Once habitats like these are destroyed, he said, “you’ve got two options. One is to rebuild them or one is to just regret the fact that they’re no longer there.”

Roberts’ team analyzed and compiled the findings of 145 peer-reviewed scientific studies on marine reserves to learn how such areas might affect the speed and scope of climate change. The results were published Monday in the journal Proceedings of the National Academy of Sciences as the United Nations Ocean Conference got underway in New York City to work out ways to restore ocean health – in part, by protecting at least 10 percent of the ocean in marine reserves by 2020.

One benefit, the researchers found, was that marine reserves can help restore populations of fish that excrete carbonates in near-surface waters. These additions may increase alkalinity and buffer those waters against the chemical changes caused by high carbon dioxide concentrations. “Fish produce in their guts these kinds of nodules of high-calcite carbonate,” Roberts said. “When that stuff is excreted, which it is every time they poop, it will dissolve in the sea and produce local decreases in ocean acidity.”

A bigger network of large, strongly protected reserves would also help more fish populations recover from overfishing, according to the study, stemming some future losses in species diversity. Rising global temperatures are already heating up the ocean’s top layer and reducing surface-mixing with cold lower waters, a process that is crucial to distributing nutrients in the ocean, noted Roberts.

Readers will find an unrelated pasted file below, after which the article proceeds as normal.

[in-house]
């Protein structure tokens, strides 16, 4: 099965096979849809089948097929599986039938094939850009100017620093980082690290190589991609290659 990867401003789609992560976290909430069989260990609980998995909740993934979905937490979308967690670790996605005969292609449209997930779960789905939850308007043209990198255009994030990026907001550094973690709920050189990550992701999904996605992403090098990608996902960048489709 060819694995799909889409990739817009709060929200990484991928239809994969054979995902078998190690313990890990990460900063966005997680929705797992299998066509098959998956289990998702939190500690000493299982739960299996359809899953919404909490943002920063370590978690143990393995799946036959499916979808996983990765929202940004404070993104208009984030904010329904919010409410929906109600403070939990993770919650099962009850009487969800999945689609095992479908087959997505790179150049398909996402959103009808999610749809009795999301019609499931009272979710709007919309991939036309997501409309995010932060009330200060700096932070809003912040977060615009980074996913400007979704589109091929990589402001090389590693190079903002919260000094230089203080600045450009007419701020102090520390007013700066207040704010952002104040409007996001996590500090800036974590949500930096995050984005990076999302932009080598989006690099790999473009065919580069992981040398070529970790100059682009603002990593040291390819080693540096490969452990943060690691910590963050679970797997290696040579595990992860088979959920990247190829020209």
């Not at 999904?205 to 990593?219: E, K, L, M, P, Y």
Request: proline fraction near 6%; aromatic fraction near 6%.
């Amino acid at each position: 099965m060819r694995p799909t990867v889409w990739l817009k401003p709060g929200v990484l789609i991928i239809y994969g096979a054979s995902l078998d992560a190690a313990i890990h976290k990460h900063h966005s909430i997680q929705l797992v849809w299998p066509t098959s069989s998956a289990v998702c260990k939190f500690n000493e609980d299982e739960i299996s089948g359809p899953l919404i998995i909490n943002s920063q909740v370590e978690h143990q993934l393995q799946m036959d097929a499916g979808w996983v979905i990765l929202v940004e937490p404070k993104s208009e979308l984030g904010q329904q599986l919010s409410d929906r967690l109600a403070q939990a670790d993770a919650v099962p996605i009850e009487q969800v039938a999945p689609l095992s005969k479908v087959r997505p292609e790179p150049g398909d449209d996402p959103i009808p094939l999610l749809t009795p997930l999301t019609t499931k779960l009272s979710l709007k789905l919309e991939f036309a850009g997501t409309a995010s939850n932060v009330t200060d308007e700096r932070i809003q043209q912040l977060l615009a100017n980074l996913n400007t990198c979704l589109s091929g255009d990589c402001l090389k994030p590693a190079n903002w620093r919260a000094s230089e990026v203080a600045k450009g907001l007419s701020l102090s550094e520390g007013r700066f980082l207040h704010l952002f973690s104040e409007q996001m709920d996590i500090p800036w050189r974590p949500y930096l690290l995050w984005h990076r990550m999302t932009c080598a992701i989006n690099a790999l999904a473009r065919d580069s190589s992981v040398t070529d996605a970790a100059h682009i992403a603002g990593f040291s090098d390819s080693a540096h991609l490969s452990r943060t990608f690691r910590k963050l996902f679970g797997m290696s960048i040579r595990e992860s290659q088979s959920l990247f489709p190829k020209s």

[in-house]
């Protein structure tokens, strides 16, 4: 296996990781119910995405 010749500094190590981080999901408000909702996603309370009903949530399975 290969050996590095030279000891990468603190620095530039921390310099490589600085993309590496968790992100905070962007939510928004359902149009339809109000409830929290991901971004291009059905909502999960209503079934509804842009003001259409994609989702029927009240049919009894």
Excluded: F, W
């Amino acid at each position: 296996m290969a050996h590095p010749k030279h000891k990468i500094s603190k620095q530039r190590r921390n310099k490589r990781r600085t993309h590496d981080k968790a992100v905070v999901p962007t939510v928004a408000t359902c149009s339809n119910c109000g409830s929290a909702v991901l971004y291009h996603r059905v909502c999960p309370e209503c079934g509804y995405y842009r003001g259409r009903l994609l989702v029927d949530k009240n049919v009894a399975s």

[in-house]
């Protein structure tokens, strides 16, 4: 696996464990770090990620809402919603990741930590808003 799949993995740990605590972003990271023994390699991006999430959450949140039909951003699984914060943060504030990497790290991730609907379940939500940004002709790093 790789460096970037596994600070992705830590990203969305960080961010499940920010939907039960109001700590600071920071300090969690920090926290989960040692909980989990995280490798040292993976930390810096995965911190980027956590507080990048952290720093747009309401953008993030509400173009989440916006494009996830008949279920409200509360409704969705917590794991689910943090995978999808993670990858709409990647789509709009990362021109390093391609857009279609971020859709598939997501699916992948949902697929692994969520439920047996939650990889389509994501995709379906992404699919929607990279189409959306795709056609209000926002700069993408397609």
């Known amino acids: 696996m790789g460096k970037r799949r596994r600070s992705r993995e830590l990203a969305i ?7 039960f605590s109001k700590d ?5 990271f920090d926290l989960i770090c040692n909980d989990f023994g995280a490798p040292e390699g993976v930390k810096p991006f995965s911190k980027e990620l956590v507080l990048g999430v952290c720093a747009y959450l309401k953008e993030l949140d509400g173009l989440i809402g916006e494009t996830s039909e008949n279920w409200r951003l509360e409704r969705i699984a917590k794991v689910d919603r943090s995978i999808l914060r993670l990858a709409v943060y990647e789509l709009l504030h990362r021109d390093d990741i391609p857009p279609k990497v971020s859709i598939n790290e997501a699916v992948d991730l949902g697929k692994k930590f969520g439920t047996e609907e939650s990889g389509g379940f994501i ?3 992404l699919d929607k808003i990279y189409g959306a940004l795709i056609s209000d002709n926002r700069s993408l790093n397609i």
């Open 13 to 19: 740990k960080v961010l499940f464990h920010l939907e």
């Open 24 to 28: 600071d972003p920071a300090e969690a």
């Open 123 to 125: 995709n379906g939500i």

“We are seeing that ocean layer becoming more stable, and more nutrient-starved, as a result of warming. That’s going to reduce ocean productivity,” he said. “We’ve done a pretty good job of reducing ocean productivity ourselves by fishing … one way that you can offset an expected future decline is to address the past declines that have been caused by us. And that means by rebuilding populations by establishing marine reserves and providing refuges where fish stocks can rebuild.”

Researchers find there are several ways in which marine protected areas can help blunt the impacts of climate change. (PNAS)

A bigger network of large, well-managed marine protected areas would also provide “stepping stones” and “safe landing zones” for species on the move due to shifting temperatures, oxygen levels and acidity, as well as possibly helping species that cannot shift their ranges, the study noted. This would help preserve marine food webs, which are crucial to supporting the fisheries upon which hundreds of millions of people worldwide depend for their food and livelihoods.

Leaving these areas undisturbed by industrial fishing gear, such as bottom trawlers, would also maintain some of the ocean’s capacity to store carbon in seafloor sediments and plant life.